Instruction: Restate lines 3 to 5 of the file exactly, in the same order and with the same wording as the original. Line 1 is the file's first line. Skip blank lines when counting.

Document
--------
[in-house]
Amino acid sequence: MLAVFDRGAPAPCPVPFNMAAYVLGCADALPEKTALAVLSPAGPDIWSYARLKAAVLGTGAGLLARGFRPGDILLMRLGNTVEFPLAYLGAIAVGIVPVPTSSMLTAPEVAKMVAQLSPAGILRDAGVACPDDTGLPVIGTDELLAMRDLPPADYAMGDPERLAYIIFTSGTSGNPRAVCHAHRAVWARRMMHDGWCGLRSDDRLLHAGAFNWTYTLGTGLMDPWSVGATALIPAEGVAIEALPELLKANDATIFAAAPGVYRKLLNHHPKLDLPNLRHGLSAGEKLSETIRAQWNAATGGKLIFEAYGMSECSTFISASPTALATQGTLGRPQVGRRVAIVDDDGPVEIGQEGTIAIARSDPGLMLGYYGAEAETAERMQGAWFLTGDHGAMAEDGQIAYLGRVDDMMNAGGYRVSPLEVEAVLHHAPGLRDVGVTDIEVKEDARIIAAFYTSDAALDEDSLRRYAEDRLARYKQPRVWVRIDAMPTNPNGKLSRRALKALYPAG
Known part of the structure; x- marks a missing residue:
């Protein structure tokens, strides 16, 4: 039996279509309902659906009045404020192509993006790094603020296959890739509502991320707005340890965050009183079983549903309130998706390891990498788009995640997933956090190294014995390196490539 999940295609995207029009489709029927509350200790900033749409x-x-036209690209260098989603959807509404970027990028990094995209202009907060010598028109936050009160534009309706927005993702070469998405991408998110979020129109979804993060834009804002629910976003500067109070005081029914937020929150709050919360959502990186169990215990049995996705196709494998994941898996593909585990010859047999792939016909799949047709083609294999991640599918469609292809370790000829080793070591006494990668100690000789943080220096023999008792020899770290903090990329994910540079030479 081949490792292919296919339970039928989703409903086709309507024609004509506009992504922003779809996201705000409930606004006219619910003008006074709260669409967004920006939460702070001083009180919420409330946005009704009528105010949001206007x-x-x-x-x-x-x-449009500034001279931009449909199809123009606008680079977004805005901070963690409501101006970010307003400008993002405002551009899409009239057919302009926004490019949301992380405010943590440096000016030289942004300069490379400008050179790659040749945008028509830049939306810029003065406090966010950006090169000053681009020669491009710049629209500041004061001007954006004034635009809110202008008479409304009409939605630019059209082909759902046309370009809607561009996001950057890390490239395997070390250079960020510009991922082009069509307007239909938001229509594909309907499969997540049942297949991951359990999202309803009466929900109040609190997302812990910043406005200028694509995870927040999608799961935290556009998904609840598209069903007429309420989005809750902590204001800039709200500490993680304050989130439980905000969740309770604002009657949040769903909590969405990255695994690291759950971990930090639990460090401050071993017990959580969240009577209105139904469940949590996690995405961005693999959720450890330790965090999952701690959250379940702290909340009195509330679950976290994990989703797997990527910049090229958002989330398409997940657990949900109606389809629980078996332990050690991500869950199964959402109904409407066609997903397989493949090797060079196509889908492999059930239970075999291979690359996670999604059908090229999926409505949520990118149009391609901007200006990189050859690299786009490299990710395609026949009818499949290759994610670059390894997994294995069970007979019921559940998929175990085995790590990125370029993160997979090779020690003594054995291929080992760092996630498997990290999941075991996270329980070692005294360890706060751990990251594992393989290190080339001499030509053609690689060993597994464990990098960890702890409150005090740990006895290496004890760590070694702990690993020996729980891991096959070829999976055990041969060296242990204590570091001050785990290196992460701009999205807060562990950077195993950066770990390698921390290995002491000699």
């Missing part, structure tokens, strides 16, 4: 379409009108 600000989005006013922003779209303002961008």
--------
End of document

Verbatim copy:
Known part of the structure; x- marks a missing residue:
């Protein structure tokens, strides 16, 4: 039996279509309902659906009045404020192509993006790094603020296959890739509502991320707005340890965050009183079983549903309130998706390891990498788009995640997933956090190294014995390196490539 999940295609995207029009489709029927509350200790900033749409x-x-036209690209260098989603959807509404970027990028990094995209202009907060010598028109936050009160534009309706927005993702070469998405991408998110979020129109979804993060834009804002629910976003500067109070005081029914937020929150709050919360959502990186169990215990049995996705196709494998994941898996593909585990010859047999792939016909799949047709083609294999991640599918469609292809370790000829080793070591006494990668100690000789943080220096023999008792020899770290903090990329994910540079030479 081949490792292919296919339970039928989703409903086709309507024609004509506009992504922003779809996201705000409930606004006219619910003008006074709260669409967004920006939460702070001083009180919420409330946005009704009528105010949001206007x-x-x-x-x-x-x-449009500034001279931009449909199809123009606008680079977004805005901070963690409501101006970010307003400008993002405002551009899409009239057919302009926004490019949301992380405010943590440096000016030289942004300069490379400008050179790659040749945008028509830049939306810029003065406090966010950006090169000053681009020669491009710049629209500041004061001007954006004034635009809110202008008479409304009409939605630019059209082909759902046309370009809607561009996001950057890390490239395997070390250079960020510009991922082009069509307007239909938001229509594909309907499969997540049942297949991951359990999202309803009466929900109040609190997302812990910043406005200028694509995870927040999608799961935290556009998904609840598209069903007429309420989005809750902590204001800039709200500490993680304050989130439980905000969740309770604002009657949040769903909590969405990255695994690291759950971990930090639990460090401050071993017990959580969240009577209105139904469940949590996690995405961005693999959720450890330790965090999952701690959250379940702290909340009195509330679950976290994990989703797997990527910049090229958002989330398409997940657990949900109606389809629980078996332990050690991500869950199964959402109904409407066609997903397989493949090797060079196509889908492999059930239970075999291979690359996670999604059908090229999926409505949520990118149009391609901007200006990189050859690299786009490299990710395609026949009818499949290759994610670059390894997994294995069970007979019921559940998929175990085995790590990125370029993160997979090779020690003594054995291929080992760092996630498997990290999941075991996270329980070692005294360890706060751990990251594992393989290190080339001499030509053609690689060993597994464990990098960890702890409150005090740990006895290496004890760590070694702990690993020996729980891991096959070829999976055990041969060296242990204590570091001050785990290196992460701009999205807060562990950077195993950066770990390698921390290995002491000699």
């Missing part, structure tokens, strides 16, 4: 379409009108 600000989005006013922003779209303002961008």